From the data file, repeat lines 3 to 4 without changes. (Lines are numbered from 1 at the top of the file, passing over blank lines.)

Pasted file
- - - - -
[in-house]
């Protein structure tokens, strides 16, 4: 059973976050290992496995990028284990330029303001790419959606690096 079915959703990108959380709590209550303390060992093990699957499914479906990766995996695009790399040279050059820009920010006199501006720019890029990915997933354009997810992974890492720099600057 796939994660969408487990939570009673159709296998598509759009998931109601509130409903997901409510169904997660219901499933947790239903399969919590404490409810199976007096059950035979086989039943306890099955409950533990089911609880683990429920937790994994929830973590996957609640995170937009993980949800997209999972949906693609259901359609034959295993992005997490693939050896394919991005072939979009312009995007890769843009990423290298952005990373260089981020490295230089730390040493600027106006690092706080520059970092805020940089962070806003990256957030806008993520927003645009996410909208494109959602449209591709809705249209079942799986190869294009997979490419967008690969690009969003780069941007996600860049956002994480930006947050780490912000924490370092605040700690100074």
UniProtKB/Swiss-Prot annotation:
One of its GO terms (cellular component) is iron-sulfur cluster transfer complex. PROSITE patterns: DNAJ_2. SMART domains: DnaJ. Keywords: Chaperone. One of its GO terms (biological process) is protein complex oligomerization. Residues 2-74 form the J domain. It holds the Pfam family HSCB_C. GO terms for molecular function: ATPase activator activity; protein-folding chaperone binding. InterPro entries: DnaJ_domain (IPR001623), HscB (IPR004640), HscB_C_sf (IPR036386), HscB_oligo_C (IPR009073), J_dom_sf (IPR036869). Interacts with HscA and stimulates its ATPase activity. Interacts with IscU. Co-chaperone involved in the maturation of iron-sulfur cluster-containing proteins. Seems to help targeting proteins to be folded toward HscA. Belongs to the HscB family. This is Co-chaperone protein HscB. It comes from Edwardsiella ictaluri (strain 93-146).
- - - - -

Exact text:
UniProtKB/Swiss-Prot annotation:
One of its GO terms (cellular component) is iron-sulfur cluster transfer complex. PROSITE patterns: DNAJ_2. SMART domains: DnaJ. Keywords: Chaperone. One of its GO terms (biological process) is protein complex oligomerization. Residues 2-74 form the J domain. It holds the Pfam family HSCB_C. GO terms for molecular function: ATPase activator activity; protein-folding chaperone binding. InterPro entries: DnaJ_domain (IPR001623), HscB (IPR004640), HscB_C_sf (IPR036386), HscB_oligo_C (IPR009073), J_dom_sf (IPR036869). Interacts with HscA and stimulates its ATPase activity. Interacts with IscU. Co-chaperone involved in the maturation of iron-sulfur cluster-containing proteins. Seems to help targeting proteins to be folded toward HscA. Belongs to the HscB family. This is Co-chaperone protein HscB. It comes from Edwardsiella ictaluri (strain 93-146).